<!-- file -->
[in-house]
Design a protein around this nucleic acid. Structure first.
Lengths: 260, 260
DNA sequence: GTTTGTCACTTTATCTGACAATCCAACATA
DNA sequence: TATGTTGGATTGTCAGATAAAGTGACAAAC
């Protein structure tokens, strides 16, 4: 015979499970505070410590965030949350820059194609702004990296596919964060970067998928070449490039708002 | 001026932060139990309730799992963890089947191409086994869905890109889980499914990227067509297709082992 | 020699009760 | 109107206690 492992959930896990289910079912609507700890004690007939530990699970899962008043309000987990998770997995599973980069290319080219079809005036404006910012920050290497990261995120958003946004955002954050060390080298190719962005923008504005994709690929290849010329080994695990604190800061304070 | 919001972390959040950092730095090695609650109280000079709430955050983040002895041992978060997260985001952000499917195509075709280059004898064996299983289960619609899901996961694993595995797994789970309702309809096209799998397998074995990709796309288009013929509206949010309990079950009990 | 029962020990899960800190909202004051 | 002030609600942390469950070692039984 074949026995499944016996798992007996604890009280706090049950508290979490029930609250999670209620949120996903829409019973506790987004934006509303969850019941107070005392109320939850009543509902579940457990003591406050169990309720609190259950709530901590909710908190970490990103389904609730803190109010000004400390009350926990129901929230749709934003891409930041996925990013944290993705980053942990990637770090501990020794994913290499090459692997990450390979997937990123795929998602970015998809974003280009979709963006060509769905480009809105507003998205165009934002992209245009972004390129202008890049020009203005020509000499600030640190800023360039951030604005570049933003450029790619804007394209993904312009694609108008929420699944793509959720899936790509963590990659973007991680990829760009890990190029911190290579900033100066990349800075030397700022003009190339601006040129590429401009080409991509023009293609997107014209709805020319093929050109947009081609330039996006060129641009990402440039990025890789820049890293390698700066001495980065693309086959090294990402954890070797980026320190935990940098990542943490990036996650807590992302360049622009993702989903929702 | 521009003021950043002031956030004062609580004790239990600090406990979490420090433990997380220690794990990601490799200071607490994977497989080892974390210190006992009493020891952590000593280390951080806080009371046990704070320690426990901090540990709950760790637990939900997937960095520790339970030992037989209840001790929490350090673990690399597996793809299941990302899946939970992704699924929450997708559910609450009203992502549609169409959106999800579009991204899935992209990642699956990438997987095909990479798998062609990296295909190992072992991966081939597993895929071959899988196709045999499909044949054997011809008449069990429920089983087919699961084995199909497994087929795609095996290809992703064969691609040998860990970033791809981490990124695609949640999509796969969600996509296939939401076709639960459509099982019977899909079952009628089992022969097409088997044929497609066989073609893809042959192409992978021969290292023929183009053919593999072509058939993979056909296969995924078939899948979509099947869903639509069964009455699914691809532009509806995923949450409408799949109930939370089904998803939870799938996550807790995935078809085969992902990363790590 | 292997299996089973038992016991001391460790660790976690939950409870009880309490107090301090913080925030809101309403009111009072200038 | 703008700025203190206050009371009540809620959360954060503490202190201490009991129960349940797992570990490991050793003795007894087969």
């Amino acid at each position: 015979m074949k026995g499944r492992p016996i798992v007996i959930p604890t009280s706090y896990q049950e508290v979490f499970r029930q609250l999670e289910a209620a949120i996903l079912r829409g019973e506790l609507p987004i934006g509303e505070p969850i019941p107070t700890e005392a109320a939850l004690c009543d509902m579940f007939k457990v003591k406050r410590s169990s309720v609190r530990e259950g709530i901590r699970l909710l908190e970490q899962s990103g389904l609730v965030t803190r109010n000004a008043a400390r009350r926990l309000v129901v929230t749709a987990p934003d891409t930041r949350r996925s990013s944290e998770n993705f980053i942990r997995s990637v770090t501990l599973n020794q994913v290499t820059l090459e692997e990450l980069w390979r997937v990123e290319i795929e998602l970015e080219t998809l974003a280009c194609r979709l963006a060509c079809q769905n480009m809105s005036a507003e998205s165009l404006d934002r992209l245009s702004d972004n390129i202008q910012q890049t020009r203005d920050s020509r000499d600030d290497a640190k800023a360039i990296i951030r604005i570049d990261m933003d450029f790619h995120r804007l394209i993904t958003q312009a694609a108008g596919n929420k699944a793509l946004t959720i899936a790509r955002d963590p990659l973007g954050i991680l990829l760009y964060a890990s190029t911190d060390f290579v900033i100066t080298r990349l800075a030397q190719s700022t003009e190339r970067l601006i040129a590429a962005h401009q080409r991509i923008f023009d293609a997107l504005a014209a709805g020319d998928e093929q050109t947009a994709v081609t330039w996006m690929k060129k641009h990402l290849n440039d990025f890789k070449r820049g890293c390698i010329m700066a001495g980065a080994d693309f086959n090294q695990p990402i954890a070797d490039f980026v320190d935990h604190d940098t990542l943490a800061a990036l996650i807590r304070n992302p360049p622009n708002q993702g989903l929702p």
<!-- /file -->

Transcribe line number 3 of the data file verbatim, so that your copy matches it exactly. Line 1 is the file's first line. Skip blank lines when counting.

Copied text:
Lengths: 260, 260